I should probably digress here for a moment and explain why. I firmly believe that the way you deploy production is the same way you should deploy develop, shy of few debugging-friendly setting. This way you avoid the discrepancy between how production work vs how development works, which almost always causes major pains in the back of the neck, and with use of proper tools should mean no more work for the developers. That's why we start with Vagrant as developer boxes should be as easy as vagrant up, but the meat of our product lies in Ansible which will do meat of the work and can be applied to almost anything: AWS, bare metal, docker, LXC, in open net, behind vpn - you name it.

We must also give proper consideration to monitoring and logging hoovering at this point. My generic answer here is to grab Elasticsearch, Kibana, and Logstash. While for different use cases there may be better solutions, this one is well battle-tested, performs reasonably and is very easy to scale both vertically (within some limits) and horizontally. Logstash rules are easy to write and are well supported in maintenance through Ansible, which as I've mentioned earlier, are at the very core of things, and creating triggers/reports and alerts based on Elastic and Kibana is generally a breeze, including some quite complex aggregations.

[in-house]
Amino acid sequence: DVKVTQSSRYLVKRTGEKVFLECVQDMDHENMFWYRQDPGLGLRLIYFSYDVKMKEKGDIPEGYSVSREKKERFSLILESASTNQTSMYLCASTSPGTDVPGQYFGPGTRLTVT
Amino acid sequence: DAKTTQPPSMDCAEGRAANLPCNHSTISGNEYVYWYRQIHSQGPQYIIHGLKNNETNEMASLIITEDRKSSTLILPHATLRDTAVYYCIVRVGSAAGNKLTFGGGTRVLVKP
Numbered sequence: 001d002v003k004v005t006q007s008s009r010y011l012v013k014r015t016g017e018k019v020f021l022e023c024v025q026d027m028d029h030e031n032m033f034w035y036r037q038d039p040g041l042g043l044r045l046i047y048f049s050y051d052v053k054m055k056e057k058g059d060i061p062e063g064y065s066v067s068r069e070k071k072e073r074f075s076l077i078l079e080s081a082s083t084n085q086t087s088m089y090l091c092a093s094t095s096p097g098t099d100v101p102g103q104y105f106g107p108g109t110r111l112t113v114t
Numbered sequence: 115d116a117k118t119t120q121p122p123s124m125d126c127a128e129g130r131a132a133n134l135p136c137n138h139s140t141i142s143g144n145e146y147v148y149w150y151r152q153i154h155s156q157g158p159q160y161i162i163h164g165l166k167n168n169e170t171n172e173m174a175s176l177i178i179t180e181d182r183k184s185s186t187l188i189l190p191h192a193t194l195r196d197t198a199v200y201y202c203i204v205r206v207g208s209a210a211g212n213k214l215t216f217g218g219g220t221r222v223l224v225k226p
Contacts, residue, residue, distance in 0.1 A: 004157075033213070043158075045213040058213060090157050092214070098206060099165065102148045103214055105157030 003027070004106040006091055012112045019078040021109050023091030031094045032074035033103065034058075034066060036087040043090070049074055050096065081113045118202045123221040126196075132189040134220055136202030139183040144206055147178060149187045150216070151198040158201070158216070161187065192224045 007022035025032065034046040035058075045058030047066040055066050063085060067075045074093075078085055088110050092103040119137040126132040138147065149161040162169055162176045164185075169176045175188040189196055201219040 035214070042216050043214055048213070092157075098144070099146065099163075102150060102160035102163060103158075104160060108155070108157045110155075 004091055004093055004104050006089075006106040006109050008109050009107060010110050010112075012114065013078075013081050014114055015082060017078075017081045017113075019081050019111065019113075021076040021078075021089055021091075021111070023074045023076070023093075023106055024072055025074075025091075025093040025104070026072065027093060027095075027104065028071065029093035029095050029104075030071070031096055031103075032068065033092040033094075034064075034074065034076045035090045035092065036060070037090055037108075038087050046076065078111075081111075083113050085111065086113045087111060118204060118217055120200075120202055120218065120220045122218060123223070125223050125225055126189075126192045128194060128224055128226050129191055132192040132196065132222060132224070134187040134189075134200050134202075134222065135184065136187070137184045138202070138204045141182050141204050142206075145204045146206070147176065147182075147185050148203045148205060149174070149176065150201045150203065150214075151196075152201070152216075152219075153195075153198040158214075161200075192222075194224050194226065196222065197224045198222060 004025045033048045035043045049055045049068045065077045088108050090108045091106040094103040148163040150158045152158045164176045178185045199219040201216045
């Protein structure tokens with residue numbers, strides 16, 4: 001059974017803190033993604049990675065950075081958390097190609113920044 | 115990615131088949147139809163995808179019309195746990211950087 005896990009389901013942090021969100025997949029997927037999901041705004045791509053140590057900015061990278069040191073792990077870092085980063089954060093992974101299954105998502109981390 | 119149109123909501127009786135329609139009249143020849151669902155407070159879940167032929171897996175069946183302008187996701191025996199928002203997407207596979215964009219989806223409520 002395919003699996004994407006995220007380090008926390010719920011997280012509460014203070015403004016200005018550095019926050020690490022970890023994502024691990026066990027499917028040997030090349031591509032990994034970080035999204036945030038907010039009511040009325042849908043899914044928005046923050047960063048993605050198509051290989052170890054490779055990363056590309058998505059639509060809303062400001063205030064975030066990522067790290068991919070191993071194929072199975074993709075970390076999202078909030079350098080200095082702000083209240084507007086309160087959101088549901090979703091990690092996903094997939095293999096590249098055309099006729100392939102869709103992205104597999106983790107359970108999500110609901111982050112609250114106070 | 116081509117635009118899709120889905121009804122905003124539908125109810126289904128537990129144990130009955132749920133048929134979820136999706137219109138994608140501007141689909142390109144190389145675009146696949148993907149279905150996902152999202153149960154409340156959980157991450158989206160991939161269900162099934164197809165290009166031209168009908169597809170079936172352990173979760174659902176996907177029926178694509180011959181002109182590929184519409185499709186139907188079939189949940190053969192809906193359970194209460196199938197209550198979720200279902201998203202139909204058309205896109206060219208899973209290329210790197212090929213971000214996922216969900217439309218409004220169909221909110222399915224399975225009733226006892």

If we are happy with the state of the Ansible it's time to move on and put all those roles and playbooks to work. Namely, we need something to manage our CI/CD pipelines. For me, the choice is obvious: TeamCity. It's modern, robust and unlike most of the light-weight alternatives, it's transparent. What I mean by that is that it doesn't tell you how to do things, doesn't limit your ways to deploy, or test, or package for that matter. Instead, it provides a developer-friendly and rich playground for your pipelines. You can do most the same with Jenkins, but it has a quite dated look and feel to it, while also missing some key functionality t